On the jury verdict form, three questions were listed. Number one asked whether Ford “was negligent in failing to adequately warn [plaintiff] and was such negligence a cause of [plaintiff’s] injuries and damages;” number two asked whether “Ford was negligent in the design of its products and was such negligence a cause of [plaintiff’s] injuries and damages;” and number three asked whether “Plaintiffs [have] proven by a preponderance of the evidence that Defendant Ford’s products were defective or unreasonably dangerous at the time they left Defendant Ford’s control and, if so, were such products a cause of [plaintiff’s] injuries and damages.” The jury returned a unanimous yes for question number one, but failed to reach a unanimous conclusion on the other two. In fact, the jury sent a question to the judge asking whether they had to be in agreement about questions one through three before moving to question four about damages. While defense counsel asserted that the jury had to reach a conclusion on all three, the trial judge determined that the jury only had to answer one of the three questions before moving on to damages. Thus, the jury did not provide an answer on questions two or three.
The Court of Appeals found that this was an error. The Court ruled that “the jury form relieve[d] [plaintiff] from the required showing of defective or unreasonably dangerous condition,” and that “[t]he absence of this criterion in Question 1 on the jury form negates the jury’s finding of liability.” “In the absence of a defective or unreasonably dangerous finding, the jury could not have properly found that Defendant Ford was negligent in failing to properly warn [plaintiff.]” Because the jury obviously could not come to an agreement on question three, the question about a defective or unreasonably dangerous condition, the Court determined that the jury’s verdict was “inconsistent” and had to be vacated.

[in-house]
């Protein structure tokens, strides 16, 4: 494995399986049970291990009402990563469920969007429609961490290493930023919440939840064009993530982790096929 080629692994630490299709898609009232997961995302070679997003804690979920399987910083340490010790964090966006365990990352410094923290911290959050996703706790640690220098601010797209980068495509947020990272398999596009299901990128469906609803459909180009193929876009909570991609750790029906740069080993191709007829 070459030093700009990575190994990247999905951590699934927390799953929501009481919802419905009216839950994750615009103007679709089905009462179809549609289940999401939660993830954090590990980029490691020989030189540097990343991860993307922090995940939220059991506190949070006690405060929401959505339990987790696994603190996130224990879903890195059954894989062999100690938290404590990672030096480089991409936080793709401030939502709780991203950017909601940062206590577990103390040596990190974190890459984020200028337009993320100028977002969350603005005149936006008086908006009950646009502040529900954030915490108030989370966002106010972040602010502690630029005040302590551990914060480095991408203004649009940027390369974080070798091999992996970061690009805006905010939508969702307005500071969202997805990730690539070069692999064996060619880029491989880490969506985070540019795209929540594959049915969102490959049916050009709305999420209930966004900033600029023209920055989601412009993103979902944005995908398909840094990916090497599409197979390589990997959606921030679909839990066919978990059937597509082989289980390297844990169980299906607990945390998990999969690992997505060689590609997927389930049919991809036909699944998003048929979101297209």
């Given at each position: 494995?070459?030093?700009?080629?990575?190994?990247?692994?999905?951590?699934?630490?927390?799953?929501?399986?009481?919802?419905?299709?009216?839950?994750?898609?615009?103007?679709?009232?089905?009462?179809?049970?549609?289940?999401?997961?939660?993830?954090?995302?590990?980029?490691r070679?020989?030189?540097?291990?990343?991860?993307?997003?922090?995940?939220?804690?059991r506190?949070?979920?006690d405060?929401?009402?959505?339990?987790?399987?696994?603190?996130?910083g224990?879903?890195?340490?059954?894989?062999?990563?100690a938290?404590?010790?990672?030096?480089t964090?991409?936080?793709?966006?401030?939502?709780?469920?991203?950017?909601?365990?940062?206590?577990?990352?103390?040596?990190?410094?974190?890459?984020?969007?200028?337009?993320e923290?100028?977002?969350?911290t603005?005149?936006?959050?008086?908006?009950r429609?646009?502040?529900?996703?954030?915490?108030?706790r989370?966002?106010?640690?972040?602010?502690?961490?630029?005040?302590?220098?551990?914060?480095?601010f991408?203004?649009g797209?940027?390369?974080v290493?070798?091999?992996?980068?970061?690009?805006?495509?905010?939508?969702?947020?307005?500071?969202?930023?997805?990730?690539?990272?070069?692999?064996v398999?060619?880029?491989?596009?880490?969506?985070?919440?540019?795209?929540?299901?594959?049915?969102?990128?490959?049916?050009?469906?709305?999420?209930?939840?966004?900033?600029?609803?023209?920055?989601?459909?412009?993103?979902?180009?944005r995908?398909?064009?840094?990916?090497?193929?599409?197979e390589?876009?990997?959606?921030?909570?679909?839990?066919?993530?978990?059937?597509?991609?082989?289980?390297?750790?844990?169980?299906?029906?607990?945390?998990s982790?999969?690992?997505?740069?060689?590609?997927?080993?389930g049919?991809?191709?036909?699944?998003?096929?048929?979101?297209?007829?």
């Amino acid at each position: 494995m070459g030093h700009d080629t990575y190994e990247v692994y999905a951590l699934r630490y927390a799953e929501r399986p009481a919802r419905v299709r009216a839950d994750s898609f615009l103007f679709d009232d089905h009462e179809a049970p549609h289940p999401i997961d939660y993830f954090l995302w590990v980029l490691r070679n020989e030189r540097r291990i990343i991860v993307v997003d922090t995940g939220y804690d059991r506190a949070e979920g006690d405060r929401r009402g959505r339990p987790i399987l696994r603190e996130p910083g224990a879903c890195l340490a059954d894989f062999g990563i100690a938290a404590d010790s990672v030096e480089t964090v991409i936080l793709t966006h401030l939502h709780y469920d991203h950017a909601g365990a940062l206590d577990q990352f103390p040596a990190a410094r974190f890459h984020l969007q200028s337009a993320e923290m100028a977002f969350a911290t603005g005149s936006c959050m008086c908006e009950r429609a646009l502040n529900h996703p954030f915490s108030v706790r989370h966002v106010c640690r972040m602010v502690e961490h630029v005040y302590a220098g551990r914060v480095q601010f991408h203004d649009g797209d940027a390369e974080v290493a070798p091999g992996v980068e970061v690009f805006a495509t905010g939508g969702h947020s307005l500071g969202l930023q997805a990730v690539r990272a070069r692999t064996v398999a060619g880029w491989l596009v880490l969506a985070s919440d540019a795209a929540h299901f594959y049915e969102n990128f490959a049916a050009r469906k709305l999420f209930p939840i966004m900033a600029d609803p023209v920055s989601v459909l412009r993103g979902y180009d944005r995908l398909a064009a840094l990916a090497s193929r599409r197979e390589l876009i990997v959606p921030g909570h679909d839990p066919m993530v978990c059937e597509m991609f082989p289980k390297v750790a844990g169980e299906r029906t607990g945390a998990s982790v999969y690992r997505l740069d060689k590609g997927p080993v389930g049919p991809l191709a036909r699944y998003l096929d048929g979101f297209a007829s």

Next, the Court of Appeals moved on to address issues surrounding “foreseeability, duty, and causation.” This portion of the opinion was a bit murky, with even the Court noting that “the application of duty in various cases has been muddled by the elusive idea of foreseeability,” but the issue the Court was analyzing was “whether the trial court erred in its application of Satterfield and its ultimate decision to decline to find, as a matter of law, that Ford owed no duty in this case.”
Satterfield v. Breeding Insulation Co., 266 S.W.3d 347 (Tenn. 2008), was another asbestos case where the Tennessee Supreme Court addressed the lengths to which a duty might extend. In that case, suit was filed by a young woman’s estate when she died of mesothelioma after regularly doing her father’s laundry, which was exposed to asbestos at his place of work. The Supreme Court held that her claim did survive a motion for summary judgment, as a duty did exist between the employer of the father and the daughter who was in regular contact with him. According to the Court of Appeals in the present matter, the Satterfield decision analyzed the relationship between duty and foreseeability, noting that “concerning the question of duty, a court’s function is more limited than a jury’s. As a practical matter, a court serves as a gate-keeper and may exclude a claim only if it finds, as a matter of law, that the defendant does not owe a duty to the plaintiff.” (quoting Satterfield).